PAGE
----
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Health system leaders value nurse innovation skills -- just not at the leadership level, study says

Just 31 percent of clinical leaders have a designated nursing leader whose primary responsibility is innovation.

Jeff Lagasse, Associate Editor

Clinical and business leaders value the innovation and clinical acumen nurses bring to their organizations at most levels -- just not at the leadership level.

Both clinical and business leaders rank skills such as "the interface of clinical innovation and technology" and "design-thinking for process change," as well as "excellent clinical acumen," in the top four most valuable for nurse innovators in their organizations by 2025, according to Unleashing Nurse-Led Innovation, a study by The BDO Center for Healthcare Excellence and Innovation and the University of Pennsylvania School of Nursing.

But most have not elevated nurses to the leadership levels needed to fully transform care. Just 31 percent of clinical leaders have a designated nursing leader whose primary responsibility is innovation, and less than half (46 percent) of business leaders say their C-suite includes someone with a nursing background.

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By 2025, however, both sides of the industry signal that they're taking steps to fully unleash nurse innovators at the leadership level.

More than three-fourths (81 percent) of clinical leaders say investing in placing nurses as decision-makers on all strategic planning teams will be very important for health organizations. More than half (57 percent) of business leaders, meanwhile, say advanced leadership is a skill they'll view as very important to nurse innovators within their organization.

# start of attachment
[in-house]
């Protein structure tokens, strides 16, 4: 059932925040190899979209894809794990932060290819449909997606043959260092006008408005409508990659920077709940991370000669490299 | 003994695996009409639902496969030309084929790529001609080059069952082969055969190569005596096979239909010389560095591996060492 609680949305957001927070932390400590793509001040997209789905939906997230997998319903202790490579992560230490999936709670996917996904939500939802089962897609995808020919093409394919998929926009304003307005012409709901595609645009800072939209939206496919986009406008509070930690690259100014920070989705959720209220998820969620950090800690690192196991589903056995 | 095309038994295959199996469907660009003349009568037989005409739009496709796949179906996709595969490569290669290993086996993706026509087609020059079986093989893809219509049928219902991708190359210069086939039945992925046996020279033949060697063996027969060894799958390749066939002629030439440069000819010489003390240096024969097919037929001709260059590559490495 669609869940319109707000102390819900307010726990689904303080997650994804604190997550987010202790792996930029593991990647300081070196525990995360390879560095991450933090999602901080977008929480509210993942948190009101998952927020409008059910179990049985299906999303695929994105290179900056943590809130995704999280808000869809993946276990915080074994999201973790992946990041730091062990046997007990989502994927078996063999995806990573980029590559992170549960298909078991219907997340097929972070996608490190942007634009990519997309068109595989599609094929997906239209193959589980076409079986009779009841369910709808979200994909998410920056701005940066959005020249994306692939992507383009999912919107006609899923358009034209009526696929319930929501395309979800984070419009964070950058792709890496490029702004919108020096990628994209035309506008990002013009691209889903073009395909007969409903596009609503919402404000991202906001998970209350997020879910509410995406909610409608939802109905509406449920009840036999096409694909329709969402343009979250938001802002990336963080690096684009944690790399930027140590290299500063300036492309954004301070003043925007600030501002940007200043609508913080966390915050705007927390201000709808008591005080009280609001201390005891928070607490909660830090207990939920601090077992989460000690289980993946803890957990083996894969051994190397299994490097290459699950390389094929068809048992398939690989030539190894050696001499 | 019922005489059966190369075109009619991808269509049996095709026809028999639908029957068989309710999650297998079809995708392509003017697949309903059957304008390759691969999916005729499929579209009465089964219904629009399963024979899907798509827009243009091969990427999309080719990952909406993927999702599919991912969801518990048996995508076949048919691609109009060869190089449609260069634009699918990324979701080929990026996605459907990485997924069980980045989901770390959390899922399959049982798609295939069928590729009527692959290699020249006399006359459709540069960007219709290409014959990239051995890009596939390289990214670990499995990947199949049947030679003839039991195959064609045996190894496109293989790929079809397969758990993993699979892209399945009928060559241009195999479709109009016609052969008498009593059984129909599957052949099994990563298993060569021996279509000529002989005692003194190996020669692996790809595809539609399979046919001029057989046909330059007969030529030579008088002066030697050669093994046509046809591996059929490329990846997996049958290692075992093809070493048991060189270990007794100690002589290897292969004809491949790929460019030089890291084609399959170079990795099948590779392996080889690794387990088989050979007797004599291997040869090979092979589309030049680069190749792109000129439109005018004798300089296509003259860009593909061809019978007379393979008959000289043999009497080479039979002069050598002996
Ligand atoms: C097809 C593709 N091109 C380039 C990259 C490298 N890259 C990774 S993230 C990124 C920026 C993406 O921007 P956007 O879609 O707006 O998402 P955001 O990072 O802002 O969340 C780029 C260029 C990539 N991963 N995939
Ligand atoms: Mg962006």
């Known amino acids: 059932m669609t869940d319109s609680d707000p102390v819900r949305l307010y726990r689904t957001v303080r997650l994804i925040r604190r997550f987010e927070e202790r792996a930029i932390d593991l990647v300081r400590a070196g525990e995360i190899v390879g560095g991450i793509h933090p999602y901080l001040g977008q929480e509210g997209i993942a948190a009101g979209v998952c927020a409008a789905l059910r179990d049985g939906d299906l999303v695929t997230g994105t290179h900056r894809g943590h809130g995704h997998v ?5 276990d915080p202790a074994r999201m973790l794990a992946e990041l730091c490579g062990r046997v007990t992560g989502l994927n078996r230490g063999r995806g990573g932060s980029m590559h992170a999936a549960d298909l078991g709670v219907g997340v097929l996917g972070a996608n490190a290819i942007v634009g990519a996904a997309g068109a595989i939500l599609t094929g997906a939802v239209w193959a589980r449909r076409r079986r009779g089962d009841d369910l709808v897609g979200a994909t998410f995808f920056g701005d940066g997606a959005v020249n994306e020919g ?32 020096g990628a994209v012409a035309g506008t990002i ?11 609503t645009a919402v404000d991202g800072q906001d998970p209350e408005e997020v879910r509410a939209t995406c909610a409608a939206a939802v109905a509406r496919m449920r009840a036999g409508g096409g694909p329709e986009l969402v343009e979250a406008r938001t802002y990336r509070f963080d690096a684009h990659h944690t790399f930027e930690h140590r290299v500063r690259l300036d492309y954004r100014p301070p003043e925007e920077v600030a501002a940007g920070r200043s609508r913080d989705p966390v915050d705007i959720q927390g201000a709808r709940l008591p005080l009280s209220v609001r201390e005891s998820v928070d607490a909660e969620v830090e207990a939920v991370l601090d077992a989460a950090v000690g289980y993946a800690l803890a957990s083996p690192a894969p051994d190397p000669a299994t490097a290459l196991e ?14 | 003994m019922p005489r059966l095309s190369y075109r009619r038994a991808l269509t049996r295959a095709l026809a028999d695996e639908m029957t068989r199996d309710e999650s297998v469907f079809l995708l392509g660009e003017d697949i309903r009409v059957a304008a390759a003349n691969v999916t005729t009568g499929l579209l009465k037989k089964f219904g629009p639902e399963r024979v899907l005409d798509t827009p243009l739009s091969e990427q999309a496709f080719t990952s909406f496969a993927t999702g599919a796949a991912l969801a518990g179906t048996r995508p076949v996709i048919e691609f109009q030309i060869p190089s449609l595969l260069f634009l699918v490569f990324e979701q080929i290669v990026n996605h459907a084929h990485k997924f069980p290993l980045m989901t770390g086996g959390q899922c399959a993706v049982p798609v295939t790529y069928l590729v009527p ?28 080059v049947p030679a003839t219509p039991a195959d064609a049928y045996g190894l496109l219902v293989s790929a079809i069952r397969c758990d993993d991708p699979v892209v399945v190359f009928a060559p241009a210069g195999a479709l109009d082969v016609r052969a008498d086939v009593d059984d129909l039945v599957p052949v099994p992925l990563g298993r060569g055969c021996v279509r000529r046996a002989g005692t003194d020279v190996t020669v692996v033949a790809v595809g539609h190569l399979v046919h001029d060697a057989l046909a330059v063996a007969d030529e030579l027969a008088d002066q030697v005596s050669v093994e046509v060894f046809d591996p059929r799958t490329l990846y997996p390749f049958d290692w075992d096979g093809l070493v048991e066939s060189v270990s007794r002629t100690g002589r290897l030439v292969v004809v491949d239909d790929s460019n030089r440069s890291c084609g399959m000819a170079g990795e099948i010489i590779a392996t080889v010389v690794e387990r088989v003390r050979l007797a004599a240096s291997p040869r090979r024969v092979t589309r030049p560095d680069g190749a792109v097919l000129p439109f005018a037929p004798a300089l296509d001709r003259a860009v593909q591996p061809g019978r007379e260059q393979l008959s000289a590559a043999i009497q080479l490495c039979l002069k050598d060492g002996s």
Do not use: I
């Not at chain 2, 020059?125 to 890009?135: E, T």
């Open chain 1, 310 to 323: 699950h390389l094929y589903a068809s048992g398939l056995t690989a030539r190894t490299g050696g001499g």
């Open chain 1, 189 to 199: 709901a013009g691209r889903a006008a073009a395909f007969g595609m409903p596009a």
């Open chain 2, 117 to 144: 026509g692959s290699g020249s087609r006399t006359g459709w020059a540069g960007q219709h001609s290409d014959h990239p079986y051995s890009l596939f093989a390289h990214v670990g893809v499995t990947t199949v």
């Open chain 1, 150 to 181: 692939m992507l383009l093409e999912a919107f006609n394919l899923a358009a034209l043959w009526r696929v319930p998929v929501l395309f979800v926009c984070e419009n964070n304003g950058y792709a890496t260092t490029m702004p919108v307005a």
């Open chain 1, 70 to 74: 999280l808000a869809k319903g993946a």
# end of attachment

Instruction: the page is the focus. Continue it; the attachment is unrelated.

With the health system becoming ever-more consumer-driven, stakeholders' ability to thrive depends largely on nurses claiming leadership positions, the authors said. To improve outcomes and lower costs, health systems would do well to recognize nurses' value in the boardroom, not just in the community.

Today's most perplexing health issues -- caring for a growing aging population, chronic care management and addressing mental health issues like addiction -- necessitate that shift. In fact, these critical areas are where clinical and business leaders agree that nurses have the most opportunity to transform and improve care by 2025, the study revealed.


Lack of leadership roles isn't the only frustration for nurses. In a November study, more than 80 percent of nurses rated the clinical work environments in their hospitals as less than excellent. Close to 30 percent of nurses gave their hospital an unfavorable grade on infection prevention, and more than 30 percent scored in the high burnout range on standardized tests.

Between 2005 and 2016, only 21 percent of hospitals substantially improved their clinical work environments; 71 percent made no improvements and 7 percent experienced deteriorating work environments.

Hospitals that improved their work environments saw their patient safety indicators improve, with favorable nurse and patient appraisals of patient safety increasing by 11-15 percent.


"Nurses are already leading sweeping, research-driven innovations at larger, systemic levels within clinical and business organizations. They're just having to navigate around certain roadblocks to do it," said Dr. Karen Meador, managing director and senior physician executive in The BDO Center for Healthcare Excellence and Innovation. "Roadblocks need to be removed, and systems must embrace nurses as leaders in innovation. Unleashing nurse innovators is a care imperative and a business imperative."

Twitter: @JELagasse

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